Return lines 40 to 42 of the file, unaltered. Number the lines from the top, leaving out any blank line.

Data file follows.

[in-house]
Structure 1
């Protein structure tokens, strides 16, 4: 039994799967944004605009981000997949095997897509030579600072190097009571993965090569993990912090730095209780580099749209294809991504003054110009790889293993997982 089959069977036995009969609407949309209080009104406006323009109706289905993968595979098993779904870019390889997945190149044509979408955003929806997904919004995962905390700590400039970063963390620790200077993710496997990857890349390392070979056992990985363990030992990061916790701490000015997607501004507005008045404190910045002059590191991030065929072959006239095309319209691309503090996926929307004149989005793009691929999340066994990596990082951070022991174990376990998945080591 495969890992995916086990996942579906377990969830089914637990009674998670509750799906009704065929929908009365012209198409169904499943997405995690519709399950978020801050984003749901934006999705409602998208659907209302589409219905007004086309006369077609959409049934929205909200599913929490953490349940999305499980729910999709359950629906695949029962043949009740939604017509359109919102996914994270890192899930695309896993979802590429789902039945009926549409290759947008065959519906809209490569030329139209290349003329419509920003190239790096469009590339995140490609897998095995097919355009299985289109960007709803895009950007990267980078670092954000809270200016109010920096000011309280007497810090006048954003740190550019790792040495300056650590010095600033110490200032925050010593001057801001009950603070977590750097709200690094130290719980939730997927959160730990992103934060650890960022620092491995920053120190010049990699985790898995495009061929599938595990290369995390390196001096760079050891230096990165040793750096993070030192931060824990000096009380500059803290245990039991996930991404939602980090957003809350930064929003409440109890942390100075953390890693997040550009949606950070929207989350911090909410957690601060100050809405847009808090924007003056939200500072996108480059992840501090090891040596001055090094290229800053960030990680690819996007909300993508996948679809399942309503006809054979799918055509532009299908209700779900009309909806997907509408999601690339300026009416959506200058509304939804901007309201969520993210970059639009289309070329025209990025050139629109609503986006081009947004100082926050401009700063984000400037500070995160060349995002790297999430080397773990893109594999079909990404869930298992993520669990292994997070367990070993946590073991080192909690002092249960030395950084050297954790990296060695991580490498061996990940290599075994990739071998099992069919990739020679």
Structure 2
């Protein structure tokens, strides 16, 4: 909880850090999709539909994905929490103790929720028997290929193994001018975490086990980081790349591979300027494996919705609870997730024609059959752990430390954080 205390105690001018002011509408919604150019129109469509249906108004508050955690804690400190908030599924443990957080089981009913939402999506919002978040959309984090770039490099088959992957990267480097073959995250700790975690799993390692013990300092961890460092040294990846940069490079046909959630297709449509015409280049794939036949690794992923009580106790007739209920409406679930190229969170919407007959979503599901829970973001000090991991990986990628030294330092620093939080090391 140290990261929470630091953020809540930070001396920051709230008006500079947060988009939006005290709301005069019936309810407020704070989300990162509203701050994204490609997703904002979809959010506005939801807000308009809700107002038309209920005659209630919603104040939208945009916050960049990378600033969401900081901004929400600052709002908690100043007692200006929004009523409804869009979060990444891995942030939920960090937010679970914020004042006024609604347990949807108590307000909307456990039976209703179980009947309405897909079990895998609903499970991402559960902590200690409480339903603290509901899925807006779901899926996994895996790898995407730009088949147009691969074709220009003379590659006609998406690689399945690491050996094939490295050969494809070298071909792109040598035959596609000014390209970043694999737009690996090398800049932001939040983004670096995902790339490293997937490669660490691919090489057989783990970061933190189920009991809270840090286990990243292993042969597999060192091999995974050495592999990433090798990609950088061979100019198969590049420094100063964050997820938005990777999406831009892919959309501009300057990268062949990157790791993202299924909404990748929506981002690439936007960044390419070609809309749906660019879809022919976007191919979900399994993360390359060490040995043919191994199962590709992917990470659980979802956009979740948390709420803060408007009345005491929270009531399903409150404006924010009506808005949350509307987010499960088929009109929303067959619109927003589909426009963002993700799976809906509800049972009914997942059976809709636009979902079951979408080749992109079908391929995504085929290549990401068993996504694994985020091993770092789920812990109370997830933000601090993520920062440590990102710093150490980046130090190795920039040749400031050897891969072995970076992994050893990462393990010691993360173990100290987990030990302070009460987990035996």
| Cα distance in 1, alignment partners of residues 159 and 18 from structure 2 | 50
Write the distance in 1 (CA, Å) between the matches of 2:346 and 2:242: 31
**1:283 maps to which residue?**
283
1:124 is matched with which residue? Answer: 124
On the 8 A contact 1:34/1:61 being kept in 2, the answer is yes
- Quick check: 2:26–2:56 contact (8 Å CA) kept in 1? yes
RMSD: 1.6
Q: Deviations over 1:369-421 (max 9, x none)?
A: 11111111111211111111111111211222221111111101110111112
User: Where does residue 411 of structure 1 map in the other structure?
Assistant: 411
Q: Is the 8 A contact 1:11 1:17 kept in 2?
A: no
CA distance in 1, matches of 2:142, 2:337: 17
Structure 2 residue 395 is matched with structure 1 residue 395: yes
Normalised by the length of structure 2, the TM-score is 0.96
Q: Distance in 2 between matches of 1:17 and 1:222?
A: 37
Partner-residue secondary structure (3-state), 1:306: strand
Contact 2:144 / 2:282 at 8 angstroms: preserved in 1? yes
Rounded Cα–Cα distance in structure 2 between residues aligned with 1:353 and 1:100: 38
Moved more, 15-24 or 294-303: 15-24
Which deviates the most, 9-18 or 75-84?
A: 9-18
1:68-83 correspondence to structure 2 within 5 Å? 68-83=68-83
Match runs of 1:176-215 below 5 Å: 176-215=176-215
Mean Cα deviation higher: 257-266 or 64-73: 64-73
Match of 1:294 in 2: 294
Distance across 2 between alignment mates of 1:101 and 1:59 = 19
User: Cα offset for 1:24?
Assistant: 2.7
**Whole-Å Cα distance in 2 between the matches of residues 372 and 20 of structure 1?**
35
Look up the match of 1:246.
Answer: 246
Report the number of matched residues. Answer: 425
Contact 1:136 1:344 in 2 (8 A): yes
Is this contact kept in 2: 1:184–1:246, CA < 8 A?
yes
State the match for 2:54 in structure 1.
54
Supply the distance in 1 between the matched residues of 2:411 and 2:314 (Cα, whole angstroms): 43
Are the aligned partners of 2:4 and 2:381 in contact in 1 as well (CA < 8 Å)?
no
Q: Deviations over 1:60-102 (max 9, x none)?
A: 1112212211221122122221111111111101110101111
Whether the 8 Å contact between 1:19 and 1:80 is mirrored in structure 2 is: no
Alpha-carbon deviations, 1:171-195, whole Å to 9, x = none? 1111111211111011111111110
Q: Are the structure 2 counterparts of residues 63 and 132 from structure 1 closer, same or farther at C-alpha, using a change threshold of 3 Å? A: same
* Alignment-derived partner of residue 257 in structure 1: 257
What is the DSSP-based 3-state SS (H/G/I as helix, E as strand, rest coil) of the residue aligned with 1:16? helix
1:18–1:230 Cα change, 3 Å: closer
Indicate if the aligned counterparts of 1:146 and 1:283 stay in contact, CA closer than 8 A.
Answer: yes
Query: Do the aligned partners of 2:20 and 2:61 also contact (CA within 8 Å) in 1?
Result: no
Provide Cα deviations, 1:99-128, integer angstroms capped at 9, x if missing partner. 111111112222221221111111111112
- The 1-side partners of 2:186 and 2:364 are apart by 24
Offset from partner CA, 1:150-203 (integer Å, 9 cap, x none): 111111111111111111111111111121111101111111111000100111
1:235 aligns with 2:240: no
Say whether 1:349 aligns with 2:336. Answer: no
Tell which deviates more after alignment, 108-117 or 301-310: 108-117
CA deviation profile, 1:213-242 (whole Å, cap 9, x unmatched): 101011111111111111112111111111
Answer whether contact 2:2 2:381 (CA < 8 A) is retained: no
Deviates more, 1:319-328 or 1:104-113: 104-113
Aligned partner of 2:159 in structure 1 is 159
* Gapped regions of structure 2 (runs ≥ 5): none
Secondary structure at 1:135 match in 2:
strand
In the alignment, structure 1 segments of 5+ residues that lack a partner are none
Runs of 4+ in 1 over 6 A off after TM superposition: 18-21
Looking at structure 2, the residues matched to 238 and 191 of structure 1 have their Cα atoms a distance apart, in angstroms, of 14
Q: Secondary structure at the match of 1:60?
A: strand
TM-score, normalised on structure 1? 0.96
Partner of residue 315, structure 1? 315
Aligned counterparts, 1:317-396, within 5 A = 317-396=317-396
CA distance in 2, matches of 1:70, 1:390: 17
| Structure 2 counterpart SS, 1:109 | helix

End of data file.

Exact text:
Look up the match of 1:246.
Answer: 246
Report the number of matched residues. Answer: 425